Lets go backwards, as with posthumous albums it is difficult to ignore talk of endings. 'Nocturne VII' is deceptively quiet to begin, Billy almost mumbling, barely audible above a tender piano, slowly rising to a crescendo of voice, strings and piano until it fades away to whispers once more. Utterly moving. And then we get an example of the strange jarring musical juxtaposition that either delights or annoys (for another one try listening to 'Skipping' from Sulk and following it with something like 'Calling all around the world' from 'wild and lonely') - '3 gypsies in a restaurant' a rant about Hitler set to electronic eastern european tinged melody. It sounds as bizarre to write it down as it is to listen to. Next is definitely a return to form - 'Sour jewel' (such an image created by two lone words put together) a glammy, poppy, almost rocky (!) stomp which would not sound out of place (then, meaning 1997) amongst groups like Suede, Pulp, even Oasis if they were fronted by someone who could actually sing! For all his talk of chance, suddenly Billy comes over all fate - 'were you aware that we had to meet?' Perhaps it was a hidden command to all his past, present and future listeners? Then inexplicably 'and this she knows' is back to piano / voice ballad before you can say 'ulcragyceptimol' leaving you wondering if you had hallucinated the previous tracks. Still it has A fetching lyric about living by the sea - 'She lives by the sea / The sea gives her everything she's ever dreamt about.' 'Beyond the sun' is my favourite Ballad by Billy, a sweet paeon to a regretful life/end of life (?), although the allusion to 'crystal ships' is lost on me, it is his wounded plea to 'help me to understand / why others seem to plan / their memories' which appeals to me. I can't help thinking it's a good question as well. I was interested to see that Alan Rankine is listed in conjunction with 'At the edge of the world' which thrilled me a little - there is something about a lost partnership, for hoping that they still liked each other at least. This song has grown on me, partly for its low-key, soft rumble of bass and almost trip-hop- (sorry to use that horrible word) like melody. It's hard to describe exactly but there is a particular section where after an instrumental, Billy goes mmmm, returns to the refrain 'at the edge of the world / where the cold wind blows / in a sea of dreams / that seem to know' - its the last line when the bass kicks back in and something very special happens (another moment like this in 'Skipping' when Billy starts to sing 'Embarrassed etc.' for a second time, seems bored and gives up, makes a kind of half-hearted attempt at mmm-ing, returns to 'marvellous, lousy, could this be your safest way' with definitely more of a scottish burr than normal and then gives a small chuckle as he starts 'Ancestral etc' which for some reason makes me love this song to pieces). It the kind of moment which compels you to re-listen... '14 mirrors' is memorable for its strong chorus and meandering guitar although by now the lyrics are starting to concern about the narrator's state of mind. 'Blue it is' moves into un-quenchable sadness, just listen to the way he sings 'blue it is but I'll be there' and by 'Winter Academy' it is almost too much; in goes cynical detached listener, out comes a quivering wreck. Then we reach the beginning of our journey (although this is really the end) - 'Give me time' is tainted, fragile pop - now we know time is running out and there needs to be some certainty but will our hero ever find it? It is hard to tell if the atmosphere is made harder for what happened later; it was never finished, and because Billy never heard it as it is now. Was it meant to be so haunted? It is impossible to ever know.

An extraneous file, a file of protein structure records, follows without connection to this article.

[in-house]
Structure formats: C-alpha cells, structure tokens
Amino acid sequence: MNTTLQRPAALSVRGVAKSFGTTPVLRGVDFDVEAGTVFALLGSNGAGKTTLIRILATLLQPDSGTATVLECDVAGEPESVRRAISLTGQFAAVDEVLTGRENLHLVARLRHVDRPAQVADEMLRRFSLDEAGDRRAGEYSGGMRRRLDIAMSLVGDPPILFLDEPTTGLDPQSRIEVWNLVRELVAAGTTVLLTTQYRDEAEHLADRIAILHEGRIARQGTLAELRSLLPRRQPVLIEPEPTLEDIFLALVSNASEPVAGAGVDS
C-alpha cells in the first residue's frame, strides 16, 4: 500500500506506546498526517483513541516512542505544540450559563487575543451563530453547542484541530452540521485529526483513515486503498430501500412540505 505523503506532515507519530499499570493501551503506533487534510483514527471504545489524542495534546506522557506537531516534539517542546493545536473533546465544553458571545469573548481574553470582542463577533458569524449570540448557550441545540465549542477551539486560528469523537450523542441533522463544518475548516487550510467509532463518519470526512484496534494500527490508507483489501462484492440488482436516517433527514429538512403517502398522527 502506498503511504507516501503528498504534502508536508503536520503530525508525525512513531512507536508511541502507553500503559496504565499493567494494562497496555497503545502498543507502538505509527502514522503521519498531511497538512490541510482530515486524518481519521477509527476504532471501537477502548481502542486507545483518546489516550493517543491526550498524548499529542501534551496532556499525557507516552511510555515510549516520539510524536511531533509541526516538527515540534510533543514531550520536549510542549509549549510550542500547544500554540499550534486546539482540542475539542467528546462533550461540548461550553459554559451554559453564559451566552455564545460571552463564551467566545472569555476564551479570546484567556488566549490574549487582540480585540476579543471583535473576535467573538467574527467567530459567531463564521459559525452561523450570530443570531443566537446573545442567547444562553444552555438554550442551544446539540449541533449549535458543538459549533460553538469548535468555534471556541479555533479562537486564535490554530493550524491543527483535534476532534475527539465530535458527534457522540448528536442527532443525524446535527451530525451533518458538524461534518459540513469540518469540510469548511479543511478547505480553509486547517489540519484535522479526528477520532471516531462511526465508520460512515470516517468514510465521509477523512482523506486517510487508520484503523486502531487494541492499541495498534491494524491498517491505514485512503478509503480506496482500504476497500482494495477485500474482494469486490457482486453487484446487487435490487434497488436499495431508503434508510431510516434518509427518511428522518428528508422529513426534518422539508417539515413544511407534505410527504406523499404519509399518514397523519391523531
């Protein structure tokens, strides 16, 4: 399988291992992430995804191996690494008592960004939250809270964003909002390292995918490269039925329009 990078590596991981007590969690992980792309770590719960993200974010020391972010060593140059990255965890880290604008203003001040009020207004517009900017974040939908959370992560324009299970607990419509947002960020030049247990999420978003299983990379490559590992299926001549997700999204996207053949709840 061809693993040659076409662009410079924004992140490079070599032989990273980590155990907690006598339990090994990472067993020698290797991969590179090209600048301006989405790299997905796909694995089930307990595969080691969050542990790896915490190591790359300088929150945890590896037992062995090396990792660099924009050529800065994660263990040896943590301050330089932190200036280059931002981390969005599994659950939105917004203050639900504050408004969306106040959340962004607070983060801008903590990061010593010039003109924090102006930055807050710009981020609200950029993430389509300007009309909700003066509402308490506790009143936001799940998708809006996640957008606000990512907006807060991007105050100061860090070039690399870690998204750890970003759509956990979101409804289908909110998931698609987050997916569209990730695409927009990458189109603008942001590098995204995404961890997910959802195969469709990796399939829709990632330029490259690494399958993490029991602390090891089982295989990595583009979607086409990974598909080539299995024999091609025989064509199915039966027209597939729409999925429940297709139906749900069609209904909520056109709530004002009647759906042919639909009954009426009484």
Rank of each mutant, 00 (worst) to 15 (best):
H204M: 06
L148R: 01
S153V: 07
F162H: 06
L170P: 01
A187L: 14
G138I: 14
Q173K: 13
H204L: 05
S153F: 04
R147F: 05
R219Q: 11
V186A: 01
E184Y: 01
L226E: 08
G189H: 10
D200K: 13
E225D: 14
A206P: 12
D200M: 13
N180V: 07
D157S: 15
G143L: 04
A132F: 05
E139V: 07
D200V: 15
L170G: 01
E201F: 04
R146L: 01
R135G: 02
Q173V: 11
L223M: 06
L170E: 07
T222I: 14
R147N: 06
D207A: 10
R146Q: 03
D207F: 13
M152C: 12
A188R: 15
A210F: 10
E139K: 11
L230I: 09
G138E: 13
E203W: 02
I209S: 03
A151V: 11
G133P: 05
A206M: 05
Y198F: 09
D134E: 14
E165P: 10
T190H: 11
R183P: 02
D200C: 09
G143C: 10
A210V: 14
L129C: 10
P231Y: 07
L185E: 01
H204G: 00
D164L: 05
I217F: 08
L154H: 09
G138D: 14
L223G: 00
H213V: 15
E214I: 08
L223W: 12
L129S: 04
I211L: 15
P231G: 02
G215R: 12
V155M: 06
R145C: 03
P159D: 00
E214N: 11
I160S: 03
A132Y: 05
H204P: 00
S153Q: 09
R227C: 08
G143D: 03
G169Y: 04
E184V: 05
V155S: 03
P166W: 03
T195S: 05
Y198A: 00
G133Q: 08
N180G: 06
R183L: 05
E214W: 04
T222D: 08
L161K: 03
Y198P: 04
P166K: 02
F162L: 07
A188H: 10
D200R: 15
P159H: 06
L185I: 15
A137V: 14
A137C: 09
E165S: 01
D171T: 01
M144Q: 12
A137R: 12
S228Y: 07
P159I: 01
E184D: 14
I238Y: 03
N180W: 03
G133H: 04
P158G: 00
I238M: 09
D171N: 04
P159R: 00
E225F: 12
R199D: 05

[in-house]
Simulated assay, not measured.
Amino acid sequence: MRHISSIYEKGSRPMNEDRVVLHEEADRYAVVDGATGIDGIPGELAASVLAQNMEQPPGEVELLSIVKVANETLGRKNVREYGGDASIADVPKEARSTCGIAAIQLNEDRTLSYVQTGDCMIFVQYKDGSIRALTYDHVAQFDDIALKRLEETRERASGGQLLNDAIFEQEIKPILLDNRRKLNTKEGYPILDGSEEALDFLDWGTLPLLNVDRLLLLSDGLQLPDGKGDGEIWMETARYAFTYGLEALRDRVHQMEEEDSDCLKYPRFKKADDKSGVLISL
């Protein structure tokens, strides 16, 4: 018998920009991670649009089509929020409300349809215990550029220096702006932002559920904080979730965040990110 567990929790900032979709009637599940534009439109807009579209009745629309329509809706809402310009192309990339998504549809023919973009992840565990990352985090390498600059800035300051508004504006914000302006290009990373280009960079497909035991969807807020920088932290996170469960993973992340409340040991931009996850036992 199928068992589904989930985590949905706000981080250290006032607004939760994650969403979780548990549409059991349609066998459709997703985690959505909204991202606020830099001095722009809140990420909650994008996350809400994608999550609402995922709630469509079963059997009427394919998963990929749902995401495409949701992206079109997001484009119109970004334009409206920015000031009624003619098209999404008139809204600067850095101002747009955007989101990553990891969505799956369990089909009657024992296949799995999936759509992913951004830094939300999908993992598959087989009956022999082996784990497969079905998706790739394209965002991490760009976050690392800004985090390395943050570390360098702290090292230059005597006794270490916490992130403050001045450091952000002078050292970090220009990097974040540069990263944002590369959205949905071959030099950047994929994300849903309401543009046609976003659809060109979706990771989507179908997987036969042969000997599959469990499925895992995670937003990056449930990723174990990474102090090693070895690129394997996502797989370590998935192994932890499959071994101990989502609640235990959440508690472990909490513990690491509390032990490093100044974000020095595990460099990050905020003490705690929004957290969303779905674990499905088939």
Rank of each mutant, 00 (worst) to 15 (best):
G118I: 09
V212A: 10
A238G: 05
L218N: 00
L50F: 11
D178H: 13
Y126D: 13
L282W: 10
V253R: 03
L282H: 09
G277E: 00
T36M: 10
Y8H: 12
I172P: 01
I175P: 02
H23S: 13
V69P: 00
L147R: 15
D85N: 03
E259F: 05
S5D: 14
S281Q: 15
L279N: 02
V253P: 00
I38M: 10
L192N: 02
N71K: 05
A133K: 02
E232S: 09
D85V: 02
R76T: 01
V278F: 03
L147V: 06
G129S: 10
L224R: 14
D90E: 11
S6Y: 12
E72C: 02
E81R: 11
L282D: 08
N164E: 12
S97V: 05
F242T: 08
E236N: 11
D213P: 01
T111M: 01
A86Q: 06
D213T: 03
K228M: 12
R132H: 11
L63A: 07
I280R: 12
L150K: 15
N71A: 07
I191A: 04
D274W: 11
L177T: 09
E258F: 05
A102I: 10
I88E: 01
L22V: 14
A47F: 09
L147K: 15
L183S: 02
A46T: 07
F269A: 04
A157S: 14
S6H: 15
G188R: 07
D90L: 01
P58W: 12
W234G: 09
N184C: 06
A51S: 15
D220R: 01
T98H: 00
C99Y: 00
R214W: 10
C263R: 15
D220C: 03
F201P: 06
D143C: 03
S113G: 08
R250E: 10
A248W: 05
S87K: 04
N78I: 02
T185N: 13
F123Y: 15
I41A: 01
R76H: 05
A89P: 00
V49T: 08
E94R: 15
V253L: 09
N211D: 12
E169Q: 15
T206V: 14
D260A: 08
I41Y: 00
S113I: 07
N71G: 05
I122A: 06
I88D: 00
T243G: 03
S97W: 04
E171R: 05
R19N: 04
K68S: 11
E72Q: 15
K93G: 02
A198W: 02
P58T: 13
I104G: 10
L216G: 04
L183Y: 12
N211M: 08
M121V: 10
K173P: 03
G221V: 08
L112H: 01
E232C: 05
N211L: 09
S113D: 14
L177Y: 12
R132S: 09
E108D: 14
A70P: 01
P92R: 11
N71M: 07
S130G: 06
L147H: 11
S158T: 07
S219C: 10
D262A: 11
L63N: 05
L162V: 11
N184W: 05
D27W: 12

So a tantilising might have been... but much more, one which should not be consigned to the fate of a ghoulish curio. Maybe I am getting soppy as I get older (and as I get more squeamish - I wonder if there is a link?) but I cannot help but feel there is real heart here. Rest in peace, Billy xx
(As an aside, writing this I was greatly indebted to the Billy Mackenzie Tribute site http://www.billymackenzie.com/ which has most of the lyrics to the Associates / Billy Mackenzie albums, very helpful for checking that you are hearing things correctly (which obviously I was not!). It also has a wealth of information including fascinating interviews with the Associates and Billy from the 80s and 90s.)
Marbella and Ronda
4 years ago